The Will Ferrell-Kevin Hart comedy "Get Hard" is pretty likely to be a crowd-pleaser for anyone who is excited by the idea of a Will Ferrell-Kevin Hart comedy. If you want to see it, you can probably put down this review and go see it.
The Will Ferrell-Kevin Hart comedy “Get Hard” is pretty likely to be a crowd-pleaser for anyone who is excited by the idea of a Will Ferrell-Kevin Hart comedy. If you want to see it, you can probably put down this review and go see it.
Still reading? Well, Will Ferrell has been in desperate need of a return to comedic form, and Kevin Hart’s popularity has always been something of a mystery to me. I was hoping for a silly romp that maybe, just maybe could say something thoughtful about race in American. I was hoping for too much.
James King (Ferrell) is a millionaire investor who gets busted for fraud and sentenced to San Quentin — because that actually happens, right? Darnell Lewis (Hart) is the owner of the business that washes James’ car — because obviously?
Fearful of his ability to survive prison, James hires Darnell to prepare him — because he assumes that, statistically speaking, a black man in America has obviously been to prison. Hilarity ensues.
Before I get accused of being the “PC police” — I hate that term, by the way — let’s say this. Yeah, the premise of “Get Hard” is inherently racist in that it’s-OK-if-we-know-it’s-racist way. They set up Darnell as a family man who is playing into James’ stereotypes … so they can get laughs from racial stereotypes.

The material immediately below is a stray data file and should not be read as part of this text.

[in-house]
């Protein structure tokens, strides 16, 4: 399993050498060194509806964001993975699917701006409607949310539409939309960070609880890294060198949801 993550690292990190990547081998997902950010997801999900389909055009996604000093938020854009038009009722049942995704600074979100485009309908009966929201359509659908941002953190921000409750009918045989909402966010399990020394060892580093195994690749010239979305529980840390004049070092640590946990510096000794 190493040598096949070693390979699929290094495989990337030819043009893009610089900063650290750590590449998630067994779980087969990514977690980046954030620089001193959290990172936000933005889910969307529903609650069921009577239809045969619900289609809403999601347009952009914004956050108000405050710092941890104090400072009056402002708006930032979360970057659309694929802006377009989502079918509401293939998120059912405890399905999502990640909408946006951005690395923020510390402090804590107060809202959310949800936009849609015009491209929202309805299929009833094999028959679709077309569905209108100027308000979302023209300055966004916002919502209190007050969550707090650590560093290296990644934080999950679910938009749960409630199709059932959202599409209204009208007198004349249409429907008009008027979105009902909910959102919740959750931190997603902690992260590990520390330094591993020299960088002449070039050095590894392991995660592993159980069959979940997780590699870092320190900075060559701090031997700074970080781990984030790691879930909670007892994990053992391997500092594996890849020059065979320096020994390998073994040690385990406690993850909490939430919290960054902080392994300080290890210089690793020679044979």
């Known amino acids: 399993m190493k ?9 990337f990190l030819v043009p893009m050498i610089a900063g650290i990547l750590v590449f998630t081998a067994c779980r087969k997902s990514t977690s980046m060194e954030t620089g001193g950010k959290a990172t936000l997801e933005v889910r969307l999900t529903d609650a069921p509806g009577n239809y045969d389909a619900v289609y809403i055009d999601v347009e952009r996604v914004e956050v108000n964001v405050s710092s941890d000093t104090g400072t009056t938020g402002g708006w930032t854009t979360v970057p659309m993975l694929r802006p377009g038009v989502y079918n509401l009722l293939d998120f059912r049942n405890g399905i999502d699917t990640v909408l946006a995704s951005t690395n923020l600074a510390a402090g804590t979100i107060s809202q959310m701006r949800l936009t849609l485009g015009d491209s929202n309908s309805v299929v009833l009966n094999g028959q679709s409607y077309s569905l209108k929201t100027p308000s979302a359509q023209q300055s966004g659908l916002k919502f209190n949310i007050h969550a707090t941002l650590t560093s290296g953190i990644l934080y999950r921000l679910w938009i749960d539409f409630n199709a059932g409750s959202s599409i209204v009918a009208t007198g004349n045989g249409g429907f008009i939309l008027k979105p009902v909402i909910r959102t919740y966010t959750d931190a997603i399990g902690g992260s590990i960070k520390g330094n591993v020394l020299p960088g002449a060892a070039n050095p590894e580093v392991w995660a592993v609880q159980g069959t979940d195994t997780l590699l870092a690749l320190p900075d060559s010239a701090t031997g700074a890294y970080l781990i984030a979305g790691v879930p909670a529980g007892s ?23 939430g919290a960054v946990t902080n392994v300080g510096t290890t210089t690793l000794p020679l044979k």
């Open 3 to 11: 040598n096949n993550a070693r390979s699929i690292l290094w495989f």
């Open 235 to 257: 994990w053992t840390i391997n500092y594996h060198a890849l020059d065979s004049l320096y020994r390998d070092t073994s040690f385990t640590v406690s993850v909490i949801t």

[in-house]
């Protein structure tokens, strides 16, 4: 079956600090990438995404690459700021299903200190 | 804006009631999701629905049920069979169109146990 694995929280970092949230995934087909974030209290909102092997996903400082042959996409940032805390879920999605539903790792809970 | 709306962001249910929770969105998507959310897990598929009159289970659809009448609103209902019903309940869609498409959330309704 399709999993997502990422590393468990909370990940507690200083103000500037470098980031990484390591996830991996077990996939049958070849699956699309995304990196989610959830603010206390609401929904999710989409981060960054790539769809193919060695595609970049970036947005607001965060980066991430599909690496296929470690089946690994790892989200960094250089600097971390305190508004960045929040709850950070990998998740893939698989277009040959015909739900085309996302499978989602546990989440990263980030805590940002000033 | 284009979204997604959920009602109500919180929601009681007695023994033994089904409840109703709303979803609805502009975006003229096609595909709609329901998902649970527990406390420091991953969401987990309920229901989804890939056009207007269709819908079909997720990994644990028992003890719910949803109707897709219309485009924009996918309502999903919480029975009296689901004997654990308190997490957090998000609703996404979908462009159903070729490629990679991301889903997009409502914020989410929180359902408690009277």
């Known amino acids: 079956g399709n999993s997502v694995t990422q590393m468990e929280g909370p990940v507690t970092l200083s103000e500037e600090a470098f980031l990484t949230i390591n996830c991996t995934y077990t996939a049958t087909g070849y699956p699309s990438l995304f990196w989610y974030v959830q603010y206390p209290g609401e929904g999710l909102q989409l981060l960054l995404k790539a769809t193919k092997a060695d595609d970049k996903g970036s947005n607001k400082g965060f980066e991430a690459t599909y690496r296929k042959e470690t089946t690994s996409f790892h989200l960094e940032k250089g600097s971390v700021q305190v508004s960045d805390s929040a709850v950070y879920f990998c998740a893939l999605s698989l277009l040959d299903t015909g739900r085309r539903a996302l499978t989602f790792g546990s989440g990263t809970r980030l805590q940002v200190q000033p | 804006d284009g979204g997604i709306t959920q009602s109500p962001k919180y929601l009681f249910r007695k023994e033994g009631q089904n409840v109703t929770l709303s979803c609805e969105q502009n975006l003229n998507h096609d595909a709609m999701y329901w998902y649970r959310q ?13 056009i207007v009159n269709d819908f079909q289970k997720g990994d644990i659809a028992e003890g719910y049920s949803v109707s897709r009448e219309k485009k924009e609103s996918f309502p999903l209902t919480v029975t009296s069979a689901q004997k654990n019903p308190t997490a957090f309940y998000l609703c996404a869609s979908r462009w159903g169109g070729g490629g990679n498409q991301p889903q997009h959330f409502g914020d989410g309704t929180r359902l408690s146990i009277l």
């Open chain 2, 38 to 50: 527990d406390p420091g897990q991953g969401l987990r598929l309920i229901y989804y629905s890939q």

Also, let’s pretend prison rape jokes are funny (they’re not) and cheap homophobia jokes are funny (also not). Even with all those concessions? “Get Hard” still isn’t that funny.
Director Etan Cohen and his two screenwriting partners — let’s just note, all white — try to set up a premise where the stereotypes are fair game for comedy, and there’s a strong element of class difference to boot. If they were going for “Trading Places,” they failed.
That said, if you still find Will Ferrell doing his low-grade man-child act to be hilarious or if you can’t get enough of Hart’s manic nerd energy, that’s where the few laughs come from. Most of the laughs being of the cheap, faux-shocking variety.
Best moment: When Hart tells a made-up back story that is obviously the plot to a famous gang-banging movie (a moment deflated later when it announces the obvious).
Most ironic moment: A movie stuffed with appropriation of black culture that kicks off with an Iggy Azalea song.
Photo courtesy of Warner Bros. Pictures